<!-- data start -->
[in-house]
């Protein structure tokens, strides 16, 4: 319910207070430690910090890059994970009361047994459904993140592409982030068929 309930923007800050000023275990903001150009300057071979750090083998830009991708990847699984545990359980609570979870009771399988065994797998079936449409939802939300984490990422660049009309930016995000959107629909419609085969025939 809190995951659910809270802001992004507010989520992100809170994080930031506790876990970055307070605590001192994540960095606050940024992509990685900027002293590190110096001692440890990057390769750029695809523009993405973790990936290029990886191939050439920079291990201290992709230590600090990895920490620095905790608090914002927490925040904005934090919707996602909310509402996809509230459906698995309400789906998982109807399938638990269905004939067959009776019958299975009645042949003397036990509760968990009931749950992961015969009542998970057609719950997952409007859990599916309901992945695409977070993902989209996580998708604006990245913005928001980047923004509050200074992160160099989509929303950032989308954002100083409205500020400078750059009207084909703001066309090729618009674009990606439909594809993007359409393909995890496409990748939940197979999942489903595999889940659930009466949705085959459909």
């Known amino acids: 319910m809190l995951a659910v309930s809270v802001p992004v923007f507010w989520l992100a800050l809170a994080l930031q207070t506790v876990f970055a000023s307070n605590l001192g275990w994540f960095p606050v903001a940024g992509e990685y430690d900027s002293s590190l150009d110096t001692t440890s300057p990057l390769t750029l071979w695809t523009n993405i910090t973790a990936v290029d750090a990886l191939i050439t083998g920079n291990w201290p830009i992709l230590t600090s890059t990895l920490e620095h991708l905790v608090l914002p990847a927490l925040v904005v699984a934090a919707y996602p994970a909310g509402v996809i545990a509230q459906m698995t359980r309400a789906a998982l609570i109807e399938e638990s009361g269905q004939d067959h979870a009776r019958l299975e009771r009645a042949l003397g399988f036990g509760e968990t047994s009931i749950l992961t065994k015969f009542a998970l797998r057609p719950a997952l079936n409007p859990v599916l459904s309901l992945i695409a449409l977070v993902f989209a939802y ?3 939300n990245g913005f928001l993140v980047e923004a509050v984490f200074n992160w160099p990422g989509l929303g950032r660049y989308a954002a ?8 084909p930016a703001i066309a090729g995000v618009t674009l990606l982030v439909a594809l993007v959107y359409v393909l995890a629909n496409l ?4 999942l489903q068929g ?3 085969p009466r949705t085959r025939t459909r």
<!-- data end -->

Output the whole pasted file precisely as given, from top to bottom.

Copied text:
[in-house]
């Protein structure tokens, strides 16, 4: 319910207070430690910090890059994970009361047994459904993140592409982030068929 309930923007800050000023275990903001150009300057071979750090083998830009991708990847699984545990359980609570979870009771399988065994797998079936449409939802939300984490990422660049009309930016995000959107629909419609085969025939 809190995951659910809270802001992004507010989520992100809170994080930031506790876990970055307070605590001192994540960095606050940024992509990685900027002293590190110096001692440890990057390769750029695809523009993405973790990936290029990886191939050439920079291990201290992709230590600090990895920490620095905790608090914002927490925040904005934090919707996602909310509402996809509230459906698995309400789906998982109807399938638990269905004939067959009776019958299975009645042949003397036990509760968990009931749950992961015969009542998970057609719950997952409007859990599916309901992945695409977070993902989209996580998708604006990245913005928001980047923004509050200074992160160099989509929303950032989308954002100083409205500020400078750059009207084909703001066309090729618009674009990606439909594809993007359409393909995890496409990748939940197979999942489903595999889940659930009466949705085959459909």
């Known amino acids: 319910m809190l995951a659910v309930s809270v802001p992004v923007f507010w989520l992100a800050l809170a994080l930031q207070t506790v876990f970055a000023s307070n605590l001192g275990w994540f960095p606050v903001a940024g992509e990685y430690d900027s002293s590190l150009d110096t001692t440890s300057p990057l390769t750029l071979w695809t523009n993405i910090t973790a990936v290029d750090a990886l191939i050439t083998g920079n291990w201290p830009i992709l230590t600090s890059t990895l920490e620095h991708l905790v608090l914002p990847a927490l925040v904005v699984a934090a919707y996602p994970a909310g509402v996809i545990a509230q459906m698995t359980r309400a789906a998982l609570i109807e399938e638990s009361g269905q004939d067959h979870a009776r019958l299975e009771r009645a042949l003397g399988f036990g509760e968990t047994s009931i749950l992961t065994k015969f009542a998970l797998r057609p719950a997952l079936n409007p859990v599916l459904s309901l992945i695409a449409l977070v993902f989209a939802y ?3 939300n990245g913005f928001l993140v980047e923004a509050v984490f200074n992160w160099p990422g989509l929303g950032r660049y989308a954002a ?8 084909p930016a703001i066309a090729g995000v618009t674009l990606l982030v439909a594809l993007v959107y359409v393909l995890a629909n496409l ?4 999942l489903q068929g ?3 085969p009466r949705t085959r025939t459909r």